SPONSORED: Homeless youth map out their future as part of Independent Living Program

Nevada Partnership for Homeless Youth provides transitional housing and comprehensive services to promote self-sufficiency among unaccompanied homeless youth in Las Vegas.
Rebekah fell in love with architecture in 6th grade, when her teacher assigned her a project to design a mock home.
Now the 19-year-old is in college, working her way toward making her dream career a reality.
Not long ago, her future didn’t seem as bright. For several years, Rebekah lived in foster care and then was placed with distant relatives who were emotionally abusive. She was determined to leave, but had no home. Fortunately, she found Nevada Partnership for Homeless Youth (NPHY), which offers homeless youth a second chance through its Independent Living Program (ILP).  This 20-bed transitional housing program provides homeless teens with housing and other comprehensive services to get and keep them off the streets.
“The best part of being in the program is being able to work toward a better future,’’ Rebekah said.
This month, Las Vegas Sands (LVS) through its corporate citizenship program Sands Cares, and NPHY launched a public awareness campaign to encourage the public to assist young people like Rebekah, by donating or volunteering to help address the increasing issue of homeless youth in the Las Vegas area.
Nevada ranks fourth in the nation for prevalence of homeless youth and leads the nation in the number of homeless youth living on the streets, according to the U.S. Department of Housing and Urban Development's 2014 Annual Homeless Assessment Report.
There are approximately 2,232 unaccompanied homeless children and youth in the area, according to the 2015 Southern Nevada point-in-time count.
“These kids deserve a chance for a better future,” said Ron Reese, senior vice president of global communications and corporate affairs at LVS.  “Working with NPHY, we want to raise awareness about the survival challenges homeless teens struggle with every day they are alone on the streets.’’
Approximately 18 youth are currently enrolled in the Independent Living Program, ranging in age from 17 to 20.  Youth live independently in confidentially located condos scattered throughout Clark County. They also have 24-hour support from their case managers and “house parents.”  
In addition to housing and immediate needs services, such as food, clothing, and transportation, each program participant is provided with intensive case management, education and employment counseling and assistance, connections to mainstream benefits, life skills classes, therapy and a variety of enrichment opportunities to help them become self-sufficient, successful adults.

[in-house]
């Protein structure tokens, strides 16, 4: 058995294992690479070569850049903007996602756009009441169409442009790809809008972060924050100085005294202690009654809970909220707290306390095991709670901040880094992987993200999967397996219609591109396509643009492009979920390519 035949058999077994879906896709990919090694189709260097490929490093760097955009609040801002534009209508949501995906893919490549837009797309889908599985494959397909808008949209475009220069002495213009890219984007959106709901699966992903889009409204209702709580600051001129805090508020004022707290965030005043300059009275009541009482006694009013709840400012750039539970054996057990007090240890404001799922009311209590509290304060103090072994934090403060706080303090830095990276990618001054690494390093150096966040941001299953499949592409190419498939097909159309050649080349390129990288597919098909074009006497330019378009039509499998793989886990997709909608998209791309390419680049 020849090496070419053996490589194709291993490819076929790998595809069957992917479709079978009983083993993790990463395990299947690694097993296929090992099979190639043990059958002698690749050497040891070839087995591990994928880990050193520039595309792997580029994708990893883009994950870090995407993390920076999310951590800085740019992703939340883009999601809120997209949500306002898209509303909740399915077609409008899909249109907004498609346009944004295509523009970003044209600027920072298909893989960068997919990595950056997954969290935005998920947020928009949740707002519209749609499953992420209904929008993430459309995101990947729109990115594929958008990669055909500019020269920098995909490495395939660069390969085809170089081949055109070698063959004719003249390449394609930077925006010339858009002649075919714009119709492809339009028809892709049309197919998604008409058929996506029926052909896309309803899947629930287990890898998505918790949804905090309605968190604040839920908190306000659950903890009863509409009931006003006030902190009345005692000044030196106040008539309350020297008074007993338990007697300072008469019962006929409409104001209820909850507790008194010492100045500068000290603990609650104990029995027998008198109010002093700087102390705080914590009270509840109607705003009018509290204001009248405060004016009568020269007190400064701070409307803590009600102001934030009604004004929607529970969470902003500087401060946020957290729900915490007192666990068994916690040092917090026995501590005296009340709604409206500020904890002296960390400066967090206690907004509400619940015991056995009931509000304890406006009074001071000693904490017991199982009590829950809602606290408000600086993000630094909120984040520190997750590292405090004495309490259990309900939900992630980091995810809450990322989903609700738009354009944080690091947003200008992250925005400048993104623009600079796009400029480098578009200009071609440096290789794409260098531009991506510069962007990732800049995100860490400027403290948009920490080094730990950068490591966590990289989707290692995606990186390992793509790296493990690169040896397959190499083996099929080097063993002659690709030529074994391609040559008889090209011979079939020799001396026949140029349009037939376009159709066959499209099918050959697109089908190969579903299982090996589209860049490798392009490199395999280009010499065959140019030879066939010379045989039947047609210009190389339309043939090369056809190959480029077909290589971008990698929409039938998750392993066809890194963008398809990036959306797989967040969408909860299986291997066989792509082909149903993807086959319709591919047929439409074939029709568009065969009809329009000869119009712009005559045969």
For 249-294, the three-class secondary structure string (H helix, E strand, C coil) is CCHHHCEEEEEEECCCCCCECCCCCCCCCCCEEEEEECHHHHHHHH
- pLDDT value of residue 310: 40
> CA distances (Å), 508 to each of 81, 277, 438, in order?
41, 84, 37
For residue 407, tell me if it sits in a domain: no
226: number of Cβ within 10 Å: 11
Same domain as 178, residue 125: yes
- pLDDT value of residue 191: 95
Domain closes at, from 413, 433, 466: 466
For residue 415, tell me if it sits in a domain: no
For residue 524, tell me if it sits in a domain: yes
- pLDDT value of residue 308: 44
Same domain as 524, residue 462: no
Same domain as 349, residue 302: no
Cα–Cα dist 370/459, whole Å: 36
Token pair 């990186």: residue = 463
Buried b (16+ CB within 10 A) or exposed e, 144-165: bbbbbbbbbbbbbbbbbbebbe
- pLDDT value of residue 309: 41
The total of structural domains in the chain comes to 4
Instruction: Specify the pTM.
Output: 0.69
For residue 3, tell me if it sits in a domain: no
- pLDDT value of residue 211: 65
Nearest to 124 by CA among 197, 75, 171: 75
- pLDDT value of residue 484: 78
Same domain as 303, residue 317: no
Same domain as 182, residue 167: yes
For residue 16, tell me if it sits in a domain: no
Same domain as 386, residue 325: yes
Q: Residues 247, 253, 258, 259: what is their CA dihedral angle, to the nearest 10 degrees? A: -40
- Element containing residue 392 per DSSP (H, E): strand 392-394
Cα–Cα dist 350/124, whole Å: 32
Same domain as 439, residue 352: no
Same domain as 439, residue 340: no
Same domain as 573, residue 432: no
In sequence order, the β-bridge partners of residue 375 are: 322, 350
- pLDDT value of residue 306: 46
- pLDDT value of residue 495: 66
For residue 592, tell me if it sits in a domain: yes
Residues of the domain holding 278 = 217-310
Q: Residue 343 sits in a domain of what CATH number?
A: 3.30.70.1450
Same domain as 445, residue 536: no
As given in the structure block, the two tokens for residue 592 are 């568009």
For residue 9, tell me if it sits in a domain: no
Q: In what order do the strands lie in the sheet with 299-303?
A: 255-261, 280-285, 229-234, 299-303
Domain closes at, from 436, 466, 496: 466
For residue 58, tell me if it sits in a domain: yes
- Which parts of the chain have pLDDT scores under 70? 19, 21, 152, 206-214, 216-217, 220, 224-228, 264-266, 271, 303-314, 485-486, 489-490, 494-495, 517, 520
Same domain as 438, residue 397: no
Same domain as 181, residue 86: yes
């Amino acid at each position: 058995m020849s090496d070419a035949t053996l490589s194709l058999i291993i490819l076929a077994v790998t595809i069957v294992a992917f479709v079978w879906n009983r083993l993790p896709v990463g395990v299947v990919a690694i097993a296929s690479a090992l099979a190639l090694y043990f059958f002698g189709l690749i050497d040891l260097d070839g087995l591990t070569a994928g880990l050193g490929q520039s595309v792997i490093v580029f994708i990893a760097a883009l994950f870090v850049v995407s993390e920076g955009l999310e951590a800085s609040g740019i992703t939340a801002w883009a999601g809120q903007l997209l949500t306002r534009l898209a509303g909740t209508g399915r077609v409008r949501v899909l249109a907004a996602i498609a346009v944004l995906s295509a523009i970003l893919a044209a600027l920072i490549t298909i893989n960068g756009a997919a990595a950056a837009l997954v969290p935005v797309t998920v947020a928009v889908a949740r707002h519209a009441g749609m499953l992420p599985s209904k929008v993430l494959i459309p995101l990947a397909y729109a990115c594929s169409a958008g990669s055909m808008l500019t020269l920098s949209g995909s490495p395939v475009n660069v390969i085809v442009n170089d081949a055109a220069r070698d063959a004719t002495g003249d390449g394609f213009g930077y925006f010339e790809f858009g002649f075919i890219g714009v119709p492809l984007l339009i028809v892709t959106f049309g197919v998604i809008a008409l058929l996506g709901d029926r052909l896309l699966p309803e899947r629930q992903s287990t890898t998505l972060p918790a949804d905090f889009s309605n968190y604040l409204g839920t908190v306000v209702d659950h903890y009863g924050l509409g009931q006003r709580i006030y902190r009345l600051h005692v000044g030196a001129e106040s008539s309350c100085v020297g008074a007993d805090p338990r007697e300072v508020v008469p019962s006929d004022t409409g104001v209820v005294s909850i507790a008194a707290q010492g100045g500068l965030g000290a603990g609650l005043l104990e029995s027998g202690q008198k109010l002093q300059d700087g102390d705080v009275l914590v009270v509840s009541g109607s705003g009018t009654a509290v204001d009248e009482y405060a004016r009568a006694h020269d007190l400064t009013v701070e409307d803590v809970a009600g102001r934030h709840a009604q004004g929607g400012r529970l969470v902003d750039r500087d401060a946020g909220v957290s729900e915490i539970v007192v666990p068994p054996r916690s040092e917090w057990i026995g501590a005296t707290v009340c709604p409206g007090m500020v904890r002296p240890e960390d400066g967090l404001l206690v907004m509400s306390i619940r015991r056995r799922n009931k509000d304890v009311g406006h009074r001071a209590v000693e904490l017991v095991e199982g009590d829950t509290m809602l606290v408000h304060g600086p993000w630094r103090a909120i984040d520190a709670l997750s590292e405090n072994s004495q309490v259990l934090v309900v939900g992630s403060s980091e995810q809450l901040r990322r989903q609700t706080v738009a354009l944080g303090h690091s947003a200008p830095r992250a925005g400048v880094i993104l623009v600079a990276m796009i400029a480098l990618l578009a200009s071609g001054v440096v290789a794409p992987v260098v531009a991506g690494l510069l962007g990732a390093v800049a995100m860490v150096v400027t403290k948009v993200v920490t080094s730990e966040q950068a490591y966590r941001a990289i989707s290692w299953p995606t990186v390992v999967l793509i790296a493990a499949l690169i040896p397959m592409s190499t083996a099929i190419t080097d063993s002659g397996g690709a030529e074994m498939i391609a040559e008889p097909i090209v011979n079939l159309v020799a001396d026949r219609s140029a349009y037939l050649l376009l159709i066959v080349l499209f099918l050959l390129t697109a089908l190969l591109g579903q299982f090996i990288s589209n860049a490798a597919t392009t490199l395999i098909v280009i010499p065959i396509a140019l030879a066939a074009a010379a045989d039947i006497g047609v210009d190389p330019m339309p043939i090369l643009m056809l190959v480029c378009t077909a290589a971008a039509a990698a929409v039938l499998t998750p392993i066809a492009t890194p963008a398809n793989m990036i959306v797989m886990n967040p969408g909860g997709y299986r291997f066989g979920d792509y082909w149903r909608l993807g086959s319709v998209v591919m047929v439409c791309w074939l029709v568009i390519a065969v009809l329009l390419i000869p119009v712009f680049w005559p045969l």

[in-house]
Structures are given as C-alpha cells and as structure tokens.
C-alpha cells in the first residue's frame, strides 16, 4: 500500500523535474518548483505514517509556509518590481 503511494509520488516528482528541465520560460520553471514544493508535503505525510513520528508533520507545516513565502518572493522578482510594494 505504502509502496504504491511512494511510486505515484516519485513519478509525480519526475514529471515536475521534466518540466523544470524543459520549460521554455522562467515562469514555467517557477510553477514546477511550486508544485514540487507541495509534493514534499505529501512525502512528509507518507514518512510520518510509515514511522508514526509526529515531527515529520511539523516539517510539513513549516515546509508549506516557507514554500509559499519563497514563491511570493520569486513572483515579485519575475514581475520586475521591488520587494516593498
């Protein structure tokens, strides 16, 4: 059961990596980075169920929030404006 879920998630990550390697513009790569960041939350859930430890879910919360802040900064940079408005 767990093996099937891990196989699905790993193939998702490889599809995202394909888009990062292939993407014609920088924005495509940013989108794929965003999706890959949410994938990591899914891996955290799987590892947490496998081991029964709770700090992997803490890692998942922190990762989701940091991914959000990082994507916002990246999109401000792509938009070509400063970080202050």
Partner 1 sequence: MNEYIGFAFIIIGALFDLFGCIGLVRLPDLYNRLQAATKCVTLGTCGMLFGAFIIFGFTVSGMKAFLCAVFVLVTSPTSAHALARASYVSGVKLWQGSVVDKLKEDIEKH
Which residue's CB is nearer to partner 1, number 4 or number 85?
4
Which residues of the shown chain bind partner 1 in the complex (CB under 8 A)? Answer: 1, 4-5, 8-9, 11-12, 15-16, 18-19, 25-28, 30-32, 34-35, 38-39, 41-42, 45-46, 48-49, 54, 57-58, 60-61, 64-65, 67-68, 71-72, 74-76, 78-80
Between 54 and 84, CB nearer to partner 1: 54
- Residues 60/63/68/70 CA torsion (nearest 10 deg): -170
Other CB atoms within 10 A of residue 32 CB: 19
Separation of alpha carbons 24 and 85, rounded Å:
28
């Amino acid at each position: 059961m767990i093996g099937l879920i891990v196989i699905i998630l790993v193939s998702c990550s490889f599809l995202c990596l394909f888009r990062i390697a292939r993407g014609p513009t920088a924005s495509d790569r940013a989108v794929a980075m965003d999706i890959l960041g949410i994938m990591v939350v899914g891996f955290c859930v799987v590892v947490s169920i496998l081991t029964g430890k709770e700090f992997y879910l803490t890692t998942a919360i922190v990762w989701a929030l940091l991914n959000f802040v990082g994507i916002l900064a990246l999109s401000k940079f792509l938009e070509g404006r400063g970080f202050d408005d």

Through these services, NPHY’s objective is to not only move youth out of immediate homelessness, but also to help each youth build toward long-term independence and success.
Every youth is required to enroll in school and/or work full-time and to talk daily with NPHY staff to ensure they have the resources, tools and motivation needed to achieve their goals. Employed youth are also required to save half of each paycheck, which is redistributed to them with earned interest upon graduation from the program to aid them in transitioning to a sustainable, adult lifestyle. Graduates are also provided with one year of aftercare services to ensure long-term success.
“This program provides critical transitional housing and supportive services tailored to the unique needs of homeless youth,” said Arash Ghafoori, executive director of NPHY. “The approach has proven its effectiveness, with the overwhelming majority of clients exiting from NPHY's ILP program to stable housing year over year.”
Zafra, 21, is another youth whose life has been changed by ILP. She is a successful graduate of ILP, now living in her own place while working and continuing her culinary education at Le Cordon Bleu.
“I want to learn as much as I can,” said Zafra, when asked about her hopes for her future. “I’m a baker now, but studying to be a pastry chef. I want to earn that title.”
As for Rebekah, she asked that the Las Vegas community open their eyes to the plight of homeless youth.
“There are so many homeless youth on the streets, and the public doesn’t even know they are there,’’ she said. “People need to pay more attention to what’s going on around us.”
LVS and Sands Cares, in partnership with NPHY, encourage the public to donate or volunteer to help more youth like Rebekah and Zafra. Visit www.nphy.org for more information.

Read full story